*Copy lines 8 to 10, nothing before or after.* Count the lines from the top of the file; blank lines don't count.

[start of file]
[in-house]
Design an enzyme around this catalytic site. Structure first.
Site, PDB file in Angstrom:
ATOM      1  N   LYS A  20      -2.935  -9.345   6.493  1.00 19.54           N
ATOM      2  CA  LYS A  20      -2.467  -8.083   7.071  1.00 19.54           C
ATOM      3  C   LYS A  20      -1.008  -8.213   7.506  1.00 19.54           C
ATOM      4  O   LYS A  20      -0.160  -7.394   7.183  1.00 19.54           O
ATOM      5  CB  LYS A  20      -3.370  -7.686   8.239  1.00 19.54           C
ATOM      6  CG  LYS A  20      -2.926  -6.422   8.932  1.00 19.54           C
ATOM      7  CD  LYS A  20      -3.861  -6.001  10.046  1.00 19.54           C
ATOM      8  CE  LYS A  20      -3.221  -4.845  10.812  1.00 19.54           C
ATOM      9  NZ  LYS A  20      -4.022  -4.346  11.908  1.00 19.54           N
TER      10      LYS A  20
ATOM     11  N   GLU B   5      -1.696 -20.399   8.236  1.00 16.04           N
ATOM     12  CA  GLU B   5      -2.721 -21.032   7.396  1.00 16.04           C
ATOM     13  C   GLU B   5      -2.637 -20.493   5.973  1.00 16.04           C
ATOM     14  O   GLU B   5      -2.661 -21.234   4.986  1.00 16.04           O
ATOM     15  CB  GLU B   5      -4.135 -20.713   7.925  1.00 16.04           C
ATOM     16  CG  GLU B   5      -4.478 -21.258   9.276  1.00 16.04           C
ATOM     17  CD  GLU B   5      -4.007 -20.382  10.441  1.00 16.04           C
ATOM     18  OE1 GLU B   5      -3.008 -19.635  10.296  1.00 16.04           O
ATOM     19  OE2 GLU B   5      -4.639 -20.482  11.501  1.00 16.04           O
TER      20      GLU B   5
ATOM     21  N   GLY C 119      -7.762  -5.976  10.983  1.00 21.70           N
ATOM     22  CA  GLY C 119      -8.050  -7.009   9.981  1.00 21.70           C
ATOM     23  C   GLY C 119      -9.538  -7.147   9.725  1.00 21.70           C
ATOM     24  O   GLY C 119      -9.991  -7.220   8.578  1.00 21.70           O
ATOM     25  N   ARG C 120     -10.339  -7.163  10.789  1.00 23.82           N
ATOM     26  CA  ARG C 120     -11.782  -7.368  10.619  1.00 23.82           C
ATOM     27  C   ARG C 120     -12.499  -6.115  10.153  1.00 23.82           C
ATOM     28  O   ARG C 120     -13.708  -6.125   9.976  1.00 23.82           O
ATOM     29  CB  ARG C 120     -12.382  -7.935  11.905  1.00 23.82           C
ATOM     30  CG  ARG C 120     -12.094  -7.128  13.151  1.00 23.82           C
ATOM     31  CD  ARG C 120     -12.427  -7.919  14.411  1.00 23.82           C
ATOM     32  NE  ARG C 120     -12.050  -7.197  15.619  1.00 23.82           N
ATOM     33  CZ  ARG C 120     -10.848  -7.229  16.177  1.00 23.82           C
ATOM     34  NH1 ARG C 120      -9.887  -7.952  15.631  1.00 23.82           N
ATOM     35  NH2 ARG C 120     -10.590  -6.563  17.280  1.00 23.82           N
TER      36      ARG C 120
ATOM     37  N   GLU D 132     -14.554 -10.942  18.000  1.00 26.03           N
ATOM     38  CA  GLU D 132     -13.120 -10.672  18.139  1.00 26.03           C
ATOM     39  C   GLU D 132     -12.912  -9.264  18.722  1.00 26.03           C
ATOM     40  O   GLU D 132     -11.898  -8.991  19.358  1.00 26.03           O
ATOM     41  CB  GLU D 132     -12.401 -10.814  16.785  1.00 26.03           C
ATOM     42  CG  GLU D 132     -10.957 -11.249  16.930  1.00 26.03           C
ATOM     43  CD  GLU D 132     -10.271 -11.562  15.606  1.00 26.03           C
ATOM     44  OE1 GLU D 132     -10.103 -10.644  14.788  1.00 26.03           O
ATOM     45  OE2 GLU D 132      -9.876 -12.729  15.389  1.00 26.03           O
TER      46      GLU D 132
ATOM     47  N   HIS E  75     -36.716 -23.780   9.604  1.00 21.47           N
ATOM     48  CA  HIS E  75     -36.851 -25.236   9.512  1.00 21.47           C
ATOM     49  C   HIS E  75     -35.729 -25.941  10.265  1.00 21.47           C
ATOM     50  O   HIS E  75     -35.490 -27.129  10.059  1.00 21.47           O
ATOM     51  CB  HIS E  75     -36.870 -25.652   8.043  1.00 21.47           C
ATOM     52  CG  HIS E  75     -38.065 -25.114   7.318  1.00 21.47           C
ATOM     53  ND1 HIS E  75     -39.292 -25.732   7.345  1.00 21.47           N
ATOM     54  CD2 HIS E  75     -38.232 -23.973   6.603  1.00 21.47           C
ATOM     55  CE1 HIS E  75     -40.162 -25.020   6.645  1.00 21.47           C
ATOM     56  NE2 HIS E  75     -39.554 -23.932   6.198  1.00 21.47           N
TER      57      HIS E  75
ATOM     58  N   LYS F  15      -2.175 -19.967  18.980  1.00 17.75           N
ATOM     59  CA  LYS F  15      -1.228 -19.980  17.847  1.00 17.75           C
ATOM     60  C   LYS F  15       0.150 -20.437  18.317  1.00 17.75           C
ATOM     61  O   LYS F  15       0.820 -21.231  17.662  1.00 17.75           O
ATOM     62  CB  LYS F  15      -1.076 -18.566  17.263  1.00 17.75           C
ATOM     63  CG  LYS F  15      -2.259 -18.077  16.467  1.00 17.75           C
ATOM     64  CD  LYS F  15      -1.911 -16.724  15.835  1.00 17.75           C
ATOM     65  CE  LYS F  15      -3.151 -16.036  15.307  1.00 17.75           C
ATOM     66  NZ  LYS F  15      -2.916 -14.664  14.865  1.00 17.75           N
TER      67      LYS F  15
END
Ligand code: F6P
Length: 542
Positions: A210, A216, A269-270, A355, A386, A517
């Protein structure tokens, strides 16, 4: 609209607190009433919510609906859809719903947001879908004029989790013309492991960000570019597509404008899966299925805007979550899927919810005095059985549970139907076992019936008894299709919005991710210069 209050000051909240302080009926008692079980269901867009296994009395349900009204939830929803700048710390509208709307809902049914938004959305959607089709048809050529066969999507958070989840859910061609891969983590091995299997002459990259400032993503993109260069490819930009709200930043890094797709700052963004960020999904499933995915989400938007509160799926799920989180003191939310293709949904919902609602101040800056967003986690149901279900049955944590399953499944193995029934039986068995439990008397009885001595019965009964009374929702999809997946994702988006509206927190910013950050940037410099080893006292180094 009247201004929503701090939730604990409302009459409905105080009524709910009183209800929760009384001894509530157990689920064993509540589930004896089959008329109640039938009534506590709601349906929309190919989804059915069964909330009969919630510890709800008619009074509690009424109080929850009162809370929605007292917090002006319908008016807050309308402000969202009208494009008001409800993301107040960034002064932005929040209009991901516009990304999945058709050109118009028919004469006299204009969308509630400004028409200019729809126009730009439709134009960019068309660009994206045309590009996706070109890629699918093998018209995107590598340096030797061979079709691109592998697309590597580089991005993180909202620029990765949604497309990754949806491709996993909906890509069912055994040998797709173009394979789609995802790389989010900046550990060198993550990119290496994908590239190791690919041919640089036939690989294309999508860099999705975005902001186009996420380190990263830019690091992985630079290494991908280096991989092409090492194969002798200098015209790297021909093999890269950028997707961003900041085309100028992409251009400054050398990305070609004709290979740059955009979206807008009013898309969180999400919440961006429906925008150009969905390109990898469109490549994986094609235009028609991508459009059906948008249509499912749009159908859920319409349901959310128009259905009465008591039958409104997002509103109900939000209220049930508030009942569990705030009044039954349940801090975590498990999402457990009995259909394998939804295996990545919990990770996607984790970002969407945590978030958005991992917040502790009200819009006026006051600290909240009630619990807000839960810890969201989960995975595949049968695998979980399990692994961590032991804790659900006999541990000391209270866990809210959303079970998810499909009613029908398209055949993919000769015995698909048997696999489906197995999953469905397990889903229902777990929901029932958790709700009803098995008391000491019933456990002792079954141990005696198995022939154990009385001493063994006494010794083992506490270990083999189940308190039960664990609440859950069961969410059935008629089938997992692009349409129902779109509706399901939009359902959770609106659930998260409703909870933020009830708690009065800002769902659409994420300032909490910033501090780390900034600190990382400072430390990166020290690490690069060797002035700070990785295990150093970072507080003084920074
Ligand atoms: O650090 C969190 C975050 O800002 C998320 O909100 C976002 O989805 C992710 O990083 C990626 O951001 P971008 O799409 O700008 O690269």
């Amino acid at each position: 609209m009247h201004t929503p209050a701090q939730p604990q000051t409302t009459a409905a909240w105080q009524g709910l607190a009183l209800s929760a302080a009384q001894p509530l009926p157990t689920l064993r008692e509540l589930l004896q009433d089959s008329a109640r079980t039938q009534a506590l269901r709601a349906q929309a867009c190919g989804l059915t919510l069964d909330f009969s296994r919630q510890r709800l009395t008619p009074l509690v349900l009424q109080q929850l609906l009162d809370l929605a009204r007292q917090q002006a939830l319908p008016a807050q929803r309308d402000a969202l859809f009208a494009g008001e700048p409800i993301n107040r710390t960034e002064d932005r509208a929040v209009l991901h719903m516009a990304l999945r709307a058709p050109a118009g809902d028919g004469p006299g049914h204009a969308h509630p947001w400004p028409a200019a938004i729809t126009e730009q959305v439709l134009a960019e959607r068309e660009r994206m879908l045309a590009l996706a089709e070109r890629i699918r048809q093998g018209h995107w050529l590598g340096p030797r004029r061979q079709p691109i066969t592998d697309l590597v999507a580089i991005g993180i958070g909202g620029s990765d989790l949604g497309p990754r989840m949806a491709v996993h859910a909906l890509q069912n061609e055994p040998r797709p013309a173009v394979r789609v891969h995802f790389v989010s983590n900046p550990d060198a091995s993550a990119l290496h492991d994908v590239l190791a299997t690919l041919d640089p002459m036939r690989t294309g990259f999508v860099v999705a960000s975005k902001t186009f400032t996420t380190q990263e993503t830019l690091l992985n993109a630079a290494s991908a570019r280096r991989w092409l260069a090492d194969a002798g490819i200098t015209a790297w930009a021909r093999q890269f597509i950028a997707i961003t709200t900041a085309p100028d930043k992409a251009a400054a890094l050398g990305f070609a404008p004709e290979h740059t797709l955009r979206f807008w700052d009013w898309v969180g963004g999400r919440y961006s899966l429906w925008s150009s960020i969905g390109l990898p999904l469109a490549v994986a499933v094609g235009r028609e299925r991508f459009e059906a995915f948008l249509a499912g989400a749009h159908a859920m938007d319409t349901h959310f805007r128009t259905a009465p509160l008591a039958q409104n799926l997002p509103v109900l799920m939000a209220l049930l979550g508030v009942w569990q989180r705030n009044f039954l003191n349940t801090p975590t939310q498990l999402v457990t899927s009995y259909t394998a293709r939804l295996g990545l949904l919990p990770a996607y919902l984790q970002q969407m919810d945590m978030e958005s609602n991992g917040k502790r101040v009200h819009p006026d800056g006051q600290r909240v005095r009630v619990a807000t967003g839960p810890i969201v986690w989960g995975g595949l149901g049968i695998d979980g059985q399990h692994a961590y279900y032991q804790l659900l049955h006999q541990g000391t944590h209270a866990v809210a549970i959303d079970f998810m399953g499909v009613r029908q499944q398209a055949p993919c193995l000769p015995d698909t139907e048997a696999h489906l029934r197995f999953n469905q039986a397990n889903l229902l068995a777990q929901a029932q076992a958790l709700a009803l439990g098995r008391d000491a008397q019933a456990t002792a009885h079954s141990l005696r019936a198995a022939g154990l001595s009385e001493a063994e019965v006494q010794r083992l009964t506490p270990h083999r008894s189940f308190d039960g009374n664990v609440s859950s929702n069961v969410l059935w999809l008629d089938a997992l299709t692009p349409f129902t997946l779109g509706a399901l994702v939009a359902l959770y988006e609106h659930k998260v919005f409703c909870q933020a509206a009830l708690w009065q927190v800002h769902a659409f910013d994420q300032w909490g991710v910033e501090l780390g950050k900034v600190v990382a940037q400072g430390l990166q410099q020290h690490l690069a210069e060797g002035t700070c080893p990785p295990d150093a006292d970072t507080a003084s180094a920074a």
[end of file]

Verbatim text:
ATOM      5  CB  LYS A  20      -3.370  -7.686   8.239  1.00 19.54           C
ATOM      6  CG  LYS A  20      -2.926  -6.422   8.932  1.00 19.54           C
ATOM      7  CD  LYS A  20      -3.861  -6.001  10.046  1.00 19.54           C